And there is still more. So far we have just looked at the lines individually. The fullness of meaning emerges not just from the lines, but also from the interplay between them. The Hebrew text is in an A-B-B-A poetic structure that might be captured like this:
A name is to be chosen rather than great riches,
rather than silver and rather than gold, goodly graciousness.
What this formatting helps to underscore is the parallelism between "name" and "goodly graciousness" and also between "great riches" and "silver" and "gold." What this parallelism invites is contemplation on and conversation about the possible connections and contrasts between the things that are parallel with each other. The structure of this proverb connects these things, but does not specify what the connection is. That is left for the readers and hearers of these words to meditate upon.
So try a third conversation in your worship planning team. What connections do you see and experience between a "good name" and "goodly graciousness"? Keep in mind that this is not hypothetical or theoretical, but deeply practical. The verse itself says that. These are things we are choosing to DO, not merely "traits" we are seeking to "think about." We make choices and take actions toward a good name, or we don't. We make choices and take actions toward goodly graciousness, or we don't. So what are the connections between the practices we undertake that reflect or help us obtain and sustain a good name and the practices we undertake that reflect or help us obtain and sustain goodly graciousness? Are there ways that these practices might be the same? Or are there ways these practices might be used to enhance each other? And finally, what concrete steps will each person commit to choose a good name and goodly graciousness and to enhance the practice of each throughout their lives, beginning today?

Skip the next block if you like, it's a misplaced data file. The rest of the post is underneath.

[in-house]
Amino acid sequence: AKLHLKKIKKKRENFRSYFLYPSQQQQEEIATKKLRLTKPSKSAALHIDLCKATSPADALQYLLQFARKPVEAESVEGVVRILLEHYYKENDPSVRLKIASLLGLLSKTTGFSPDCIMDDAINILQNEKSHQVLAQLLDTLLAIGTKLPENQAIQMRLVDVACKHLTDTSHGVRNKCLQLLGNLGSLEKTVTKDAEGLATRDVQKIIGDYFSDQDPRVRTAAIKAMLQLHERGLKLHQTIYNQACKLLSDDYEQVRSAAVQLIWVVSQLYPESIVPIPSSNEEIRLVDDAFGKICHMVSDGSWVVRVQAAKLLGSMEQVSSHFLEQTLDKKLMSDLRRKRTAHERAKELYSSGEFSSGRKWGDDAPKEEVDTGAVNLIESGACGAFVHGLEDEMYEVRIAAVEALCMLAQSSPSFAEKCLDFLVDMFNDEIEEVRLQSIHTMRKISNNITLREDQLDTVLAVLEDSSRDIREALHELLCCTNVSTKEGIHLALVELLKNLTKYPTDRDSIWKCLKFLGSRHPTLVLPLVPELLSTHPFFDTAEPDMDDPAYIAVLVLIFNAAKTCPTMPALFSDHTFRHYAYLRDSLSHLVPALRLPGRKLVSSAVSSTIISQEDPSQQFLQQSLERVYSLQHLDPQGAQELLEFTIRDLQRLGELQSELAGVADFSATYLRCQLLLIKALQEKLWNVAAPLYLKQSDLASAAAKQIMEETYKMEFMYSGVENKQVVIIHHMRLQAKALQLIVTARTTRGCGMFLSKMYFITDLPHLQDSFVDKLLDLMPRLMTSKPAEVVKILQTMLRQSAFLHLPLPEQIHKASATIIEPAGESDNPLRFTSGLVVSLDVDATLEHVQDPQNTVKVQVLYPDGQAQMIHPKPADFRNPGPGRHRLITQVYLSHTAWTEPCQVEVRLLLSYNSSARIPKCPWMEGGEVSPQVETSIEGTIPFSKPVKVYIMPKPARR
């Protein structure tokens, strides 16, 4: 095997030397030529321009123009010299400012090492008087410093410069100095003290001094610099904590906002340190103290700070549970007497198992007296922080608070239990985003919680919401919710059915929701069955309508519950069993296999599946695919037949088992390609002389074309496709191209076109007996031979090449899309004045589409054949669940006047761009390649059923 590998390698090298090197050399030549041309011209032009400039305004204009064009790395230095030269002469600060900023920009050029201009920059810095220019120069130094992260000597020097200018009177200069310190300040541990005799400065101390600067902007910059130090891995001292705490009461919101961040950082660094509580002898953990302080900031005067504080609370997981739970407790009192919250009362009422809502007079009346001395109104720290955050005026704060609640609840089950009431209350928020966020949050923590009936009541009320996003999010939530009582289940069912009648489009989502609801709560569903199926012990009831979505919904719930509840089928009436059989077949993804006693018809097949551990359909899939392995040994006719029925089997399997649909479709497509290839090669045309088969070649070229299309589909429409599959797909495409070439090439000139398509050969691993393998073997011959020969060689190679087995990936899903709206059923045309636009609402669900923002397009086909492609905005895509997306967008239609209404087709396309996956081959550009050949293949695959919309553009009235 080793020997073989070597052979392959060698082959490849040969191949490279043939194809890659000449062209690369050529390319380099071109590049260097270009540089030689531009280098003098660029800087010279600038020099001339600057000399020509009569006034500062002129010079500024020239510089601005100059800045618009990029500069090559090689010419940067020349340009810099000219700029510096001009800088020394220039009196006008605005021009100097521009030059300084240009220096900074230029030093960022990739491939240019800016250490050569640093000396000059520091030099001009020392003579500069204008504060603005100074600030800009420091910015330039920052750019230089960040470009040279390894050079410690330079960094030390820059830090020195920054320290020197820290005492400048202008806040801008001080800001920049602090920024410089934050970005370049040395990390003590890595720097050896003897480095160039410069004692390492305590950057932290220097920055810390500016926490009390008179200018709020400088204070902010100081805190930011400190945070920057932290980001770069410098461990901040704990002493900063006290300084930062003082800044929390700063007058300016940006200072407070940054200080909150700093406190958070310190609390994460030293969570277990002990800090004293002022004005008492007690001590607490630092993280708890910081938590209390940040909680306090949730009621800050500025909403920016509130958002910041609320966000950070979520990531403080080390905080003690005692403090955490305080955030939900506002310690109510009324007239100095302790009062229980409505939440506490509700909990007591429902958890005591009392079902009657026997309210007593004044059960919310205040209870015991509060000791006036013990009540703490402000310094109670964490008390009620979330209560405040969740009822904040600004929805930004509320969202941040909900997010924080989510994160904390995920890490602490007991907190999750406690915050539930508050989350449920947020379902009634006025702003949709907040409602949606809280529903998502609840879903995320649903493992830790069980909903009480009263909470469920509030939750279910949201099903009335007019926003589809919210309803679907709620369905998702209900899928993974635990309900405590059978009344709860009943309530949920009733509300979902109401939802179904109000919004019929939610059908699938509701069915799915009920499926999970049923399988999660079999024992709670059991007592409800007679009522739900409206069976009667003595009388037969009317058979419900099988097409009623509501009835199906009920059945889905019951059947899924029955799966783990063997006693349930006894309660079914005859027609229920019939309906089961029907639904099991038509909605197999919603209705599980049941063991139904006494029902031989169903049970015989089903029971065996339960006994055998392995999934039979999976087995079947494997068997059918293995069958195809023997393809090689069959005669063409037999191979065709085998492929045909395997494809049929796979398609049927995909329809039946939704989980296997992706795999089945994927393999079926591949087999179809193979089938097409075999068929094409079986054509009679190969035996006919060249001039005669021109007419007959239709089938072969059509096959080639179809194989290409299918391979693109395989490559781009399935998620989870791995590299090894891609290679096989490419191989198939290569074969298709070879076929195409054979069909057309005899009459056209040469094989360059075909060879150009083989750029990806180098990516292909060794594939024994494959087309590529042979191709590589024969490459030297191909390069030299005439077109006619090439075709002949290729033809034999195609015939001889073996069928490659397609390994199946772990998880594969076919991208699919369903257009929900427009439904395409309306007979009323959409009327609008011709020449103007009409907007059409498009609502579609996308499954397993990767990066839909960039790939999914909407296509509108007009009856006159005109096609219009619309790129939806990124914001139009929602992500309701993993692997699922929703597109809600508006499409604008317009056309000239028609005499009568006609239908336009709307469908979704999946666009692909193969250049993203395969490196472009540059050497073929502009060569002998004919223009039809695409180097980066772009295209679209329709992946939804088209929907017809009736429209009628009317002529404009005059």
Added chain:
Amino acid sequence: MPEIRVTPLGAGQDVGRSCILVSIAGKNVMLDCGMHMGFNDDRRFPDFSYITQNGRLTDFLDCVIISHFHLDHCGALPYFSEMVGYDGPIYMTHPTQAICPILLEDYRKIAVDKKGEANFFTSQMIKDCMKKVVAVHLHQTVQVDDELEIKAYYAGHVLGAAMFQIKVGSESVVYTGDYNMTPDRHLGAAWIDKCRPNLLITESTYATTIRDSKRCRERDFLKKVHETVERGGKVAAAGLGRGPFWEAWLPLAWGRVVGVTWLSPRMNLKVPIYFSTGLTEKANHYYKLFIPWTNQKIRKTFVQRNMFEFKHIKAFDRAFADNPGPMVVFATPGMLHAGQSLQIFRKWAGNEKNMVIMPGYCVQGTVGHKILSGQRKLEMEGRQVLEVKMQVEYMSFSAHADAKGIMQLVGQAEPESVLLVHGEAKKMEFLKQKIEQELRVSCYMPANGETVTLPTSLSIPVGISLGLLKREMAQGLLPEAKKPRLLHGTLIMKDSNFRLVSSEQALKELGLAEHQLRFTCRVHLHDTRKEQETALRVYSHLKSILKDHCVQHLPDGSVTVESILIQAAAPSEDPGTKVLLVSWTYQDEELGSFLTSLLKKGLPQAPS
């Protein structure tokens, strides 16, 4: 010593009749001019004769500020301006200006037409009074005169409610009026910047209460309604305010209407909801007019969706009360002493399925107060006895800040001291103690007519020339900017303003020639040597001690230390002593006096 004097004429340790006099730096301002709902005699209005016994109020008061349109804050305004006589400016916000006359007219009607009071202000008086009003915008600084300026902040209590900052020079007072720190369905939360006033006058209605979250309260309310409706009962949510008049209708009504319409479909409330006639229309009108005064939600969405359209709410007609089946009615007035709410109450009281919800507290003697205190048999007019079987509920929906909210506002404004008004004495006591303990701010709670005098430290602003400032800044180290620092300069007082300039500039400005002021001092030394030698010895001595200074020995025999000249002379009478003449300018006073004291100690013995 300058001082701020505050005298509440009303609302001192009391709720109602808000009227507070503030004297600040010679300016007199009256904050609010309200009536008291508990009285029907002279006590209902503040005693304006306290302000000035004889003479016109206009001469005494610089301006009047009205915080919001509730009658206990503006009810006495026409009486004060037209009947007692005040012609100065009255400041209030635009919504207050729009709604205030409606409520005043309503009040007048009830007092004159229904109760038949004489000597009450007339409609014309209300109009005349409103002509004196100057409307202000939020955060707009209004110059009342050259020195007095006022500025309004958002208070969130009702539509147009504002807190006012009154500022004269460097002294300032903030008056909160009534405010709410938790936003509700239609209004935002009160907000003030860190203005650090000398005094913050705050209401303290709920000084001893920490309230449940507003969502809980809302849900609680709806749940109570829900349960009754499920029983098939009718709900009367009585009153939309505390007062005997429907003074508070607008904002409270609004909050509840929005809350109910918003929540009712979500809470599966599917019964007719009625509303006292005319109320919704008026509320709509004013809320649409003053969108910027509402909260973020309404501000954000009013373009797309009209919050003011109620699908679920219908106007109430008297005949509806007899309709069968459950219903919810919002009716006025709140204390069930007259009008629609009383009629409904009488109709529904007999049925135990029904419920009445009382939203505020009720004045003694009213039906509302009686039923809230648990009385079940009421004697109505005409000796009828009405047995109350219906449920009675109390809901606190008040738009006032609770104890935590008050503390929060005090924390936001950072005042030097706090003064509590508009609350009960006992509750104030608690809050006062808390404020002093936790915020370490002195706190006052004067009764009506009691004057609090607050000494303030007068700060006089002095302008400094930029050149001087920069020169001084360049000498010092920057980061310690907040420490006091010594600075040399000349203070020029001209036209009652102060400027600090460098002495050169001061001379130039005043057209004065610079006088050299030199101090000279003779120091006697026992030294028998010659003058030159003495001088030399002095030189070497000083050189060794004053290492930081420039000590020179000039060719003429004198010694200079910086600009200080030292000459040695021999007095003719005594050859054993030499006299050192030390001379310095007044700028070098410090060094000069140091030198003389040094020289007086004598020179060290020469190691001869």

And this is just one verse.
Wisdom literature is prized in Judaism precisely for its power to generate such deep conversation and transformation of life from such small, short statements. It pushes us to reflect deeply on the whole of God's word and our lived experience in ways that no other genre of literature may do. It thus helps to number us among the righteous according to Psalm 1:2 -- "On God's law they meditate day and night." It requires strenuous spiritual work just to be able to hear these words well in the first place, and even more to let the hearing be translated as fully into our doing as these texts intend. If you haven't taken up this work yourself or helped your congregation to take it up, start today!
Doing the Word: James
James this week reminds us that our care for the poor as followers of Jesus can't be just about having our consciences pricked or simply about sending money. Nor is it only about building or supporting programs whether governmental, or faith-based, or led by other non-profits to help folks get a "hand up." It is not even solely about addressing and reversing the "root causes" that lead to conditions of poverty in the first place.
To be sure, all of these are critical places for the church to be actively engaged. But all of them can also be exercises in missing the point. What matters most of all, James reminds us, is building real relationships of mutuality and respect, in recognition that the poor like the wealthy and all those in between have both much to offer and much to receive. Folks who are engaged in hands-on ministries with the poor, whether in your local community or around the world, either quickly learn this truth or find their efforts to bring greater hope and help greatly frustrated until they do.